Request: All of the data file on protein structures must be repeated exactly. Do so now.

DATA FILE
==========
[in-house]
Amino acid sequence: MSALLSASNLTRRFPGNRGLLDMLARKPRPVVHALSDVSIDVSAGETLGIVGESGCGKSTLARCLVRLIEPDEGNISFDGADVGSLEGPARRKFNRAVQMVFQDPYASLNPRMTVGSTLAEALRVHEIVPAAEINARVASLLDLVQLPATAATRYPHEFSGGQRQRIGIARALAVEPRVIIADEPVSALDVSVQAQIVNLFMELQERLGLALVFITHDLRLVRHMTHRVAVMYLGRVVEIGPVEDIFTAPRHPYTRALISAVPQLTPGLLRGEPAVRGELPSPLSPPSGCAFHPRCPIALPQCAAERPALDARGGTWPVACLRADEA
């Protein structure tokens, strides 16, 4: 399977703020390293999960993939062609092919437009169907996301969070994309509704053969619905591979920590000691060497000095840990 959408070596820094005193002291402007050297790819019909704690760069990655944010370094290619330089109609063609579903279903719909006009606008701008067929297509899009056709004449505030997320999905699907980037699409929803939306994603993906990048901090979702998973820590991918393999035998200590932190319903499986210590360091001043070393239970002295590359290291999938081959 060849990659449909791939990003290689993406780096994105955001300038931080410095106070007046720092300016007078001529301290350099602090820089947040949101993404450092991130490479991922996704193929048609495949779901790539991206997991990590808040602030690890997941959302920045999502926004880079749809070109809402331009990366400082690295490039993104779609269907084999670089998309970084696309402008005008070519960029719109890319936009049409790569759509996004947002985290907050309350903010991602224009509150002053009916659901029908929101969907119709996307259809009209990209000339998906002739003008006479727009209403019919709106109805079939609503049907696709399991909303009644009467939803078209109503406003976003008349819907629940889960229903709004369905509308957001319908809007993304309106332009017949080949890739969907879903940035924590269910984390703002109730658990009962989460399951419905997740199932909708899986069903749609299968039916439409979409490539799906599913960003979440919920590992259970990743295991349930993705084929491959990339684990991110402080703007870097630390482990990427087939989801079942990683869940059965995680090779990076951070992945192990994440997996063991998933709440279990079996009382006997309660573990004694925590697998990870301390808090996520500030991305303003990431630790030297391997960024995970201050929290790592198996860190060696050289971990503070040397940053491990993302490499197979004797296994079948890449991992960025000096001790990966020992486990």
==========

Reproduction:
[in-house]
Amino acid sequence: MSALLSASNLTRRFPGNRGLLDMLARKPRPVVHALSDVSIDVSAGETLGIVGESGCGKSTLARCLVRLIEPDEGNISFDGADVGSLEGPARRKFNRAVQMVFQDPYASLNPRMTVGSTLAEALRVHEIVPAAEINARVASLLDLVQLPATAATRYPHEFSGGQRQRIGIARALAVEPRVIIADEPVSALDVSVQAQIVNLFMELQERLGLALVFITHDLRLVRHMTHRVAVMYLGRVVEIGPVEDIFTAPRHPYTRALISAVPQLTPGLLRGEPAVRGELPSPLSPPSGCAFHPRCPIALPQCAAERPALDARGGTWPVACLRADEA
């Protein structure tokens, strides 16, 4: 399977703020390293999960993939062609092919437009169907996301969070994309509704053969619905591979920590000691060497000095840990 959408070596820094005193002291402007050297790819019909704690760069990655944010370094290619330089109609063609579903279903719909006009606008701008067929297509899009056709004449505030997320999905699907980037699409929803939306994603993906990048901090979702998973820590991918393999035998200590932190319903499986210590360091001043070393239970002295590359290291999938081959 060849990659449909791939990003290689993406780096994105955001300038931080410095106070007046720092300016007078001529301290350099602090820089947040949101993404450092991130490479991922996704193929048609495949779901790539991206997991990590808040602030690890997941959302920045999502926004880079749809070109809402331009990366400082690295490039993104779609269907084999670089998309970084696309402008005008070519960029719109890319936009049409790569759509996004947002985290907050309350903010991602224009509150002053009916659901029908929101969907119709996307259809009209990209000339998906002739003008006479727009209403019919709106109805079939609503049907696709399991909303009644009467939803078209109503406003976003008349819907629940889960229903709004369905509308957001319908809007993304309106332009017949080949890739969907879903940035924590269910984390703002109730658990009962989460399951419905997740199932909708899986069903749609299968039916439409979409490539799906599913960003979440919920590992259970990743295991349930993705084929491959990339684990991110402080703007870097630390482990990427087939989801079942990683869940059965995680090779990076951070992945192990994440997996063991998933709440279990079996009382006997309660573990004694925590697998990870301390808090996520500030991305303003990431630790030297391997960024995970201050929290790592198996860190060696050289971990503070040397940053491990993302490499197979004797296994079948890449991992960025000096001790990966020992486990």